International Day of Yoga!
The United Nations proclaimed the day after recognising yoga’s global popularity.
It came after Indian Prime Minister, Narendra Modi, addressed the UN General Assembly in 2014, saying:
“Yoga is an invaluable gift of India's ancient tradition. It embodies unity of mind and body; thought and action; restraint and fulfilment; harmony between man and nature; a holistic approach to health and wellbeing. It is not about exercise, but to discover the sense of oneness with yourself, the world and the nature.”
In response, the UN revealed resolution 69/131, in which it acknowledges:
“Yoga provides a holistic approach to health and wellbeing.”
“Wider dissemination of information about the benefits of practising yoga would be beneficial for the health of the world population.”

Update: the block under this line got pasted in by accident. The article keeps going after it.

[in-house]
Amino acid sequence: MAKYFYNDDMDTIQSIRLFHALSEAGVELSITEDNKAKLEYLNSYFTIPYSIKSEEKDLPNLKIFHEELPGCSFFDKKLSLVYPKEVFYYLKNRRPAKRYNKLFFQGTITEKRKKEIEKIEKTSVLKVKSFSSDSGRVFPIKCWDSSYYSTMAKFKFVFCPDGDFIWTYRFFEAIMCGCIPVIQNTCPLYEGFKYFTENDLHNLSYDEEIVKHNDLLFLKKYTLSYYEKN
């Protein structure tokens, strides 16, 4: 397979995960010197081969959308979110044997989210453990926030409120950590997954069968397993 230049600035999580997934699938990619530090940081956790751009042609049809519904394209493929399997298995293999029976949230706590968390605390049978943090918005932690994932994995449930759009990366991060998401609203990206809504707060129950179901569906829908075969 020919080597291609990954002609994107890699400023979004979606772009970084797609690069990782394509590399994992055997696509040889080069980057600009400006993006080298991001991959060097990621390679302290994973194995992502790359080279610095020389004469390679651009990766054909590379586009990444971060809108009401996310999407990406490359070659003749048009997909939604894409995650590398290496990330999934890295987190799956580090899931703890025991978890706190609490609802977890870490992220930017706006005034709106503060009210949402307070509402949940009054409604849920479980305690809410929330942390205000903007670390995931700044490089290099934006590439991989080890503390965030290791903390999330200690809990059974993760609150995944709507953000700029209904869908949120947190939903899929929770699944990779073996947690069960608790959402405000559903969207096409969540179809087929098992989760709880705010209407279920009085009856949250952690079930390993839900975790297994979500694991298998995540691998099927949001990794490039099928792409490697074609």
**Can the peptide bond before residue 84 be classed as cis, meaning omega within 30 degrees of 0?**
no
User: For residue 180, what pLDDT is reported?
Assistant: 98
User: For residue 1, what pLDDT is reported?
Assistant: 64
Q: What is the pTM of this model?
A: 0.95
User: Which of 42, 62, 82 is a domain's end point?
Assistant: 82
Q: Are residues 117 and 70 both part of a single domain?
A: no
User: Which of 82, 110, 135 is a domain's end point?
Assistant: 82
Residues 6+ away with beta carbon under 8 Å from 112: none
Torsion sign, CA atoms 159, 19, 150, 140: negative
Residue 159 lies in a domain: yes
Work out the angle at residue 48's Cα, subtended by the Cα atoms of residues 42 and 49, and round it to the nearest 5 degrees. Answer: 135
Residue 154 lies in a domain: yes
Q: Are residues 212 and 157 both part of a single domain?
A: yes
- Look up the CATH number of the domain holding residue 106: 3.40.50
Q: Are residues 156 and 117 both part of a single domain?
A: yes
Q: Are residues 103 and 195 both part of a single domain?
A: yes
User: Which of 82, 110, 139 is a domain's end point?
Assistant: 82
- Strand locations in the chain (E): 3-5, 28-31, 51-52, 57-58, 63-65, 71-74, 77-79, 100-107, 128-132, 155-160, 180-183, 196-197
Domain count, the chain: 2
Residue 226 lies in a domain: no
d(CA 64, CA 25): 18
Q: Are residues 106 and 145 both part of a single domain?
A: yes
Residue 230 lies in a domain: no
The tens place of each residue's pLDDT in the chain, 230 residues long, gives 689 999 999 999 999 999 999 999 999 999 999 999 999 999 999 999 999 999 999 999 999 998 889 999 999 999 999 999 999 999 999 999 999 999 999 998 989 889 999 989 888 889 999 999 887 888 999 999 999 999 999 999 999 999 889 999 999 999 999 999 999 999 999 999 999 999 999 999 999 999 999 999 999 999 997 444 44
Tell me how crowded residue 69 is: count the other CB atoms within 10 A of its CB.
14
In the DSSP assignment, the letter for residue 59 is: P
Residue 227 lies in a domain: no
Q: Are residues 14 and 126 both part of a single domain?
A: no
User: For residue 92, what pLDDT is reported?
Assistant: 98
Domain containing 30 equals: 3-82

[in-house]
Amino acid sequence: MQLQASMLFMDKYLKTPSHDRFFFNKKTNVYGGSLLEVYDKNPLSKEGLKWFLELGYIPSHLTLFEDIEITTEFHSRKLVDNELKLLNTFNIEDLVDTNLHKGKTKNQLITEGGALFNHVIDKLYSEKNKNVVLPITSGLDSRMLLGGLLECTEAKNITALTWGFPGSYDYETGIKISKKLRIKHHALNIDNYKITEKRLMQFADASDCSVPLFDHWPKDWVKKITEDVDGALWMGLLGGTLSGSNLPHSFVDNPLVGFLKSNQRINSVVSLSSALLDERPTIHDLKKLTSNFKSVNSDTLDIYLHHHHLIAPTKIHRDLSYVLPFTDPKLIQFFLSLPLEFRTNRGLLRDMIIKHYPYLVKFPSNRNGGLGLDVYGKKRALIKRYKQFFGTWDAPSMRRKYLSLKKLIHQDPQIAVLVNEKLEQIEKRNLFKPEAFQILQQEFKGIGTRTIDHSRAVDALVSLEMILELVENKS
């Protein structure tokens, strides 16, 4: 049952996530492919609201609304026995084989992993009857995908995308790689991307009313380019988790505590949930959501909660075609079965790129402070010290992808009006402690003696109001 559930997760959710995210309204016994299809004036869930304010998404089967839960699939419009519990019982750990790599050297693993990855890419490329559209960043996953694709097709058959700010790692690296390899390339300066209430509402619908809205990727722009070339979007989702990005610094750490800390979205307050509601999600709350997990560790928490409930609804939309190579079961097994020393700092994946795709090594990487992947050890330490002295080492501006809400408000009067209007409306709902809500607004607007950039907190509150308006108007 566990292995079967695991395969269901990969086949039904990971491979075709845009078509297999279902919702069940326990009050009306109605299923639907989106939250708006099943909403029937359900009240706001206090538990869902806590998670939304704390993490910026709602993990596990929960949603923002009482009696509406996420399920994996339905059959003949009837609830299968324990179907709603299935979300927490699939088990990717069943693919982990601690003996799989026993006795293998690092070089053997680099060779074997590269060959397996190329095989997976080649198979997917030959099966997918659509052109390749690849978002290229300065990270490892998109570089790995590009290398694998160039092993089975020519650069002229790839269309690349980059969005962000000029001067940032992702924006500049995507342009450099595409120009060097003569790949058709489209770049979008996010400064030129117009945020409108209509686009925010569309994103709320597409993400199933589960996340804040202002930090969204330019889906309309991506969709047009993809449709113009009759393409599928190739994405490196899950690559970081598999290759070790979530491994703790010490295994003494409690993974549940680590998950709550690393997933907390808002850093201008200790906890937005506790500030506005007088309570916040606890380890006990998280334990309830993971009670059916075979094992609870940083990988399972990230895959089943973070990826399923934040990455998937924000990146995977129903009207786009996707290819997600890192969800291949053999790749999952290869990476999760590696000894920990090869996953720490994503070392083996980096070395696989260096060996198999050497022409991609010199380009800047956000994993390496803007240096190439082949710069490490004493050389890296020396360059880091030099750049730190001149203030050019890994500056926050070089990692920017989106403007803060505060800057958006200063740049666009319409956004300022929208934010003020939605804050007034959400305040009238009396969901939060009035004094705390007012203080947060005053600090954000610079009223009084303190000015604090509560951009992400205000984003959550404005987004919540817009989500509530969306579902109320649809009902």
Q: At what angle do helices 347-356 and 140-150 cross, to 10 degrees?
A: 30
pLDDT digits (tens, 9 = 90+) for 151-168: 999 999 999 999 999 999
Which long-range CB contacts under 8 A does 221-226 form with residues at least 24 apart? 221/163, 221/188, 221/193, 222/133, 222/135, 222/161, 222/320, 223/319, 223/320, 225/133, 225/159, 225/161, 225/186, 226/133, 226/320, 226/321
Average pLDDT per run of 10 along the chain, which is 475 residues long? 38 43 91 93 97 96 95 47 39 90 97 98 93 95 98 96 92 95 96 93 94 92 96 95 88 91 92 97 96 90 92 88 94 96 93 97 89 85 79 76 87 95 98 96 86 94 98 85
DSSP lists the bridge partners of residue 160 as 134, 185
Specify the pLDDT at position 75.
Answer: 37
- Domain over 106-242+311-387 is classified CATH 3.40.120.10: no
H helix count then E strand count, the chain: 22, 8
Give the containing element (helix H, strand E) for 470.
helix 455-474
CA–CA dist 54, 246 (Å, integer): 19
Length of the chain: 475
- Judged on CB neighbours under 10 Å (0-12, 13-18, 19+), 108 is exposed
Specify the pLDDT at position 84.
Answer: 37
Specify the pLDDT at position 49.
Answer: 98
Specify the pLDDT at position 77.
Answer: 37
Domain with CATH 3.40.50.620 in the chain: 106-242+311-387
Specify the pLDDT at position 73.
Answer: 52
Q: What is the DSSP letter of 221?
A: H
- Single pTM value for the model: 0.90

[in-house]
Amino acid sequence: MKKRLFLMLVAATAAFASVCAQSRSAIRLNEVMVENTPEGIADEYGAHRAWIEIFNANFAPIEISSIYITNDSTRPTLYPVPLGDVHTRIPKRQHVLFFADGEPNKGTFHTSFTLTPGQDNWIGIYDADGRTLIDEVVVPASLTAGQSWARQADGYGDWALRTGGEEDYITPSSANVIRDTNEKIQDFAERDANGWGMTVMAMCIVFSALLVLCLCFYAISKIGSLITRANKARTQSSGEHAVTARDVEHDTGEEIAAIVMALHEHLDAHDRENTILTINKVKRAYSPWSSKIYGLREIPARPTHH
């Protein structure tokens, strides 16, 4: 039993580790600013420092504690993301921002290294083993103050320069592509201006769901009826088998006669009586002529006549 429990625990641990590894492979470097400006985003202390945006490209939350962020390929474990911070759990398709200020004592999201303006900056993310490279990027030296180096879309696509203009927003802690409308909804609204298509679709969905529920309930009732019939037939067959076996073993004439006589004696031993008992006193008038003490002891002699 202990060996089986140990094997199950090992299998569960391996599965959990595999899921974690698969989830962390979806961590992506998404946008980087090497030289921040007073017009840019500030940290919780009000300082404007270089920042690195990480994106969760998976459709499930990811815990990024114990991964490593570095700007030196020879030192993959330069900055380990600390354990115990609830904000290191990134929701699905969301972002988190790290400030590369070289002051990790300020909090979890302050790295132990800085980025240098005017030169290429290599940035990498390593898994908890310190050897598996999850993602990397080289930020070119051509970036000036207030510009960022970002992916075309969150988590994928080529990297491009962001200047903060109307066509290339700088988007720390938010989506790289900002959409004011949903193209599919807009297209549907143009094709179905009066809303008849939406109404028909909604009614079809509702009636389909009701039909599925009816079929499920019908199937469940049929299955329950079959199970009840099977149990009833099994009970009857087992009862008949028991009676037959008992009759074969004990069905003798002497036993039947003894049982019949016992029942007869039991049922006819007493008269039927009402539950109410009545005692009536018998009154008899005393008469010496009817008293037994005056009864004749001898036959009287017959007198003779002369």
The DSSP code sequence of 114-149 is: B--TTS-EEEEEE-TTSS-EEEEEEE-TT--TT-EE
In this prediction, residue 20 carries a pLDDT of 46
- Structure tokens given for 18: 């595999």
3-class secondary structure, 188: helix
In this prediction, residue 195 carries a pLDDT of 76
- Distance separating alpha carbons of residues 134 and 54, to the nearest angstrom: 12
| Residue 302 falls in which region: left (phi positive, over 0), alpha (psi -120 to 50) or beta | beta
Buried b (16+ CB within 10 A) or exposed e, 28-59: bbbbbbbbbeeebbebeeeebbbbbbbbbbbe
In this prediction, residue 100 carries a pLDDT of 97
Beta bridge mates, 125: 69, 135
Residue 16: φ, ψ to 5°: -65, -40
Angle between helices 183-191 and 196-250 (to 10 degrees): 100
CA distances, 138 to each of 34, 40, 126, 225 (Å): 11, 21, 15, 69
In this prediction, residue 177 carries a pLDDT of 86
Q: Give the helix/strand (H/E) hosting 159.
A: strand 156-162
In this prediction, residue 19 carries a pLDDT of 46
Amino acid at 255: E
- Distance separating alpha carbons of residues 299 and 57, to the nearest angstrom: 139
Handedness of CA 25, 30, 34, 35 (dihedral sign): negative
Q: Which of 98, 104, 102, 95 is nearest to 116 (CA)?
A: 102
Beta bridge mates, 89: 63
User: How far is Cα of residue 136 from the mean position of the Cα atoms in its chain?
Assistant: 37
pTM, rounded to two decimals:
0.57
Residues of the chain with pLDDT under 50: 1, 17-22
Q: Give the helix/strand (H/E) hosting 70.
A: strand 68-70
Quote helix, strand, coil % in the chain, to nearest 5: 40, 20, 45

The first International Day of Yoga was held in 2015. On the day, two Guinness World Records were set – for the largest yoga class (35,985 people at a class in Delhi, led by the Indian Prime Minister) and the largest number of nationalities involved (85).
What is the International Day of Yoga all about?
The International Day of Yoga aims to “raise awareness worldwide of the many benefits of practising yoga.”
An incredible 175 nations sponsored the resolution (more than any other resolution). They’re invited to spread the message any way they choose. But the UN stresses that costs of yoga activities staged as part of the day should be covered by voluntary contributions.
How can I get involved?
The official International Day of Yoga website is a great starting point. It’s packed with resources and information about events and the day itself.
On the events page, you’ll find yoga events being held in Australia – many of which are free. There are also film screenings, talks and demonstrations, and open days.
You can also ask your local yoga practitioner or centre, to see if they’re getting involved in the International Day of Yoga.